By Alan Wilemon, Corporate Compliance Manager – Shriners Hospitals for Children
It is truly amazing how quickly the emoji has taken over. Who knew so much could be said with an emotionally expressive cartoon? Many phones today will even prompt you during a text to replace some of your written words with this magic little character. Why yes iPhone, I did want to use the face of a tiny yellow man instead of a word there – thanks for looking out! The emoji has asserted itself so strongly as a global communicative tool at this point, there is even data being collected on its use.
This past summer, Twitter released a list of the “Top Tweeted Emojis” from several countries, and the results are fun to explore. Italy and France continue their battle of being proclaimed the “Most Romantic Country in the World” by both tweeting a heart emoji most often. Columbia, Argentina and Brazil all tweeted the music notes emoji most frequently, and Australia made the list by most commonly tweeting the thumbs-up emoji, letting us know they are pretty much down for whatever, whenever. The most surprising contributors on the list to me, however, were the U.S., Canada, and the U.K. You see, while the rest of the world was tweeting feel-good icons like hearts, music notes, and even a flexing bicep (hi Spain!), the aforementioned trio were united by a different kind of emoji: The exhausted face. Being from the U.S., this really resonated with me. Of all the things we could be expressing, this was the most common? This was what we wanted to broadcast to the world the most? That we are generally just over it?
We could spend all day talking about the different ways to make application here – but let’s focus on one question. Knowing that there is a great chance the people you interact with may be feeling exhausted (no matter where you are from) – does that change how you plan to communicate with them? Or better yet, does that change how you plan to communicate with them as a compliance professional?
Knowing there is potential that our coworkers and colleagues are feeling exhausted, we must be willing to change how we communicate. If we are being real, we know compliance professionals aren’t always the first to be invited to the party. Sometimes there are misconceptions in organizations about what we do, and other times, there are individuals that simply cannot fathom that anyone might say “no” to them (I know…the law, right? So inconvenient.) As a compliance professional you may be avoided, ignored, and downright excluded at times because people just do not want to deal with you – because they are just too exhausted to deal with the disruption that they think you are about to introduce. No, it’s not fair. Yes, it’s your job to overcome it.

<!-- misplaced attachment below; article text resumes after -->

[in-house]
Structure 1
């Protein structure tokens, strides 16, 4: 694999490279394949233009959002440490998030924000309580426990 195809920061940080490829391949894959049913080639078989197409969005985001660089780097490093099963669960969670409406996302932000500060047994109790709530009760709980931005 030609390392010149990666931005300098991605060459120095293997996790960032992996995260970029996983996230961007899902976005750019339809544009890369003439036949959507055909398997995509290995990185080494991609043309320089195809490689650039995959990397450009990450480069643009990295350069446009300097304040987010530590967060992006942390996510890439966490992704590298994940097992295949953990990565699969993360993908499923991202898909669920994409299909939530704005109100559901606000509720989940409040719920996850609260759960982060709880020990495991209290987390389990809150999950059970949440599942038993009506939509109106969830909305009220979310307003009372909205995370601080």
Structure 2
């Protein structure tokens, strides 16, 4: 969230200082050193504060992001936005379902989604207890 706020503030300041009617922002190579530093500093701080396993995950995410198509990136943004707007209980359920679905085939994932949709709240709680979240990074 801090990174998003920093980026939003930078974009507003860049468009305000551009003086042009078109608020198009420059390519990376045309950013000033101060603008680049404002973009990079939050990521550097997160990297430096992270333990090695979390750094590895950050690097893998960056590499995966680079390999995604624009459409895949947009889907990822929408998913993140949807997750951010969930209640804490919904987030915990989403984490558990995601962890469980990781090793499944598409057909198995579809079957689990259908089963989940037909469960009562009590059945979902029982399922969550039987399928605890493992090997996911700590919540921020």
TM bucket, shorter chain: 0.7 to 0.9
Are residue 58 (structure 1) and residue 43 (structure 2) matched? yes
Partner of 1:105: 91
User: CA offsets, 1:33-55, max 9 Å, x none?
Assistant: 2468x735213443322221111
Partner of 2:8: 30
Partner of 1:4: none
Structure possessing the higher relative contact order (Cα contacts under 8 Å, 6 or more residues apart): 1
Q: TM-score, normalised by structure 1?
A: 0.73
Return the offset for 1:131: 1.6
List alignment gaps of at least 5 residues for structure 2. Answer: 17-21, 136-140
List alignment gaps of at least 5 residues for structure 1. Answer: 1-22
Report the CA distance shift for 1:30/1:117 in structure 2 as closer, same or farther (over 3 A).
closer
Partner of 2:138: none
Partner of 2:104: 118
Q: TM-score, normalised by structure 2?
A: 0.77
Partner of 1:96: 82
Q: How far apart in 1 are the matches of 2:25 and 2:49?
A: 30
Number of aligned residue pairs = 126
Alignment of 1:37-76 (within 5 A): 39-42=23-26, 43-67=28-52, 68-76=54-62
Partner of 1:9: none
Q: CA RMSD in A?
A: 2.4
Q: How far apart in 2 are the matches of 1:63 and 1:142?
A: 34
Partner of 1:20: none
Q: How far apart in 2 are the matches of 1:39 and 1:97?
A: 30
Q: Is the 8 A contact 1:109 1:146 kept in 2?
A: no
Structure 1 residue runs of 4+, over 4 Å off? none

Regardless of how we are received by our peers, we have an important job – so if we need to go out of our way to overcome their preconceived notions about how arduous interactions with us are going to be – it’s on us to make it happen. Thankfully, there are some pretty simple concepts we can put into action right away to dramatically improve our interactions with people, and show them our sole purpose in life is not to simply make things hard on them.
- Learn the Art of Being Succinct. Knowing that people are probably afraid of how much of their time you are about to take – surprising them with how quickly things go can completely transform how they perceive you. Learning to express ideas clearly and concisely can make you extremely effective in the workplace, and increase your chance of further interactions. It is definitely something that takes practice, though. You don’t want to cut important content just to meet an arbitrary timeframe, but you do want to be conscious of what is vital to the discussion at hand, and what isn’t. Be a good steward of the time people have carved out for you by being prepared to take as little of it as is truly needed.
- Be a Solutions-Oriented Person. We all have been in a group of people trying to figure out what to do for lunch, and witnessed the guy who vetoes everyone else’s suggestions, but offers no contributions of his own. No one likes that guy. There will definitely be times when you need to communicate that something can’t or shouldn’t happen, but if that is all you ever have to offer you will never endear yourself to your colleague. The silence that follows a solitary “no” can be hazardous to what once had been a fruitful discussion, and it can confirm your coworker’s suspicion that you really are just exhausting to work with. Be as prepared as possible to offer alternative solutions for a project or idea to still become a reality, even if not as originally planned. If you need to do more research on the project or proposal ahead of time, so be it.
- Be Dynamic! Knowing that you are walking into the room with people that could be thinking the worst of how this is about to go – you are doomed if you also walk into the room exhausted. This is your chance to surprise them! Be charismatic, funny, charming, personable, relatable, down-to-earth…be anything but tired and boring. In this moment, you are a salesperson, and your amazing, game-changing product is yourself. People will be receptive to you if they like you, and people will generally like you if they find you to be dynamic and excited to be there
If it’s true that all of our coworkers are exhausted – be ready to be part of the solution. You have to make it clear to everyone that any communication with you will be productive, refreshing, and beneficial. If we can all get better at this – the hi-five and confetti emojis will be competing for the top spot on our list in no time.
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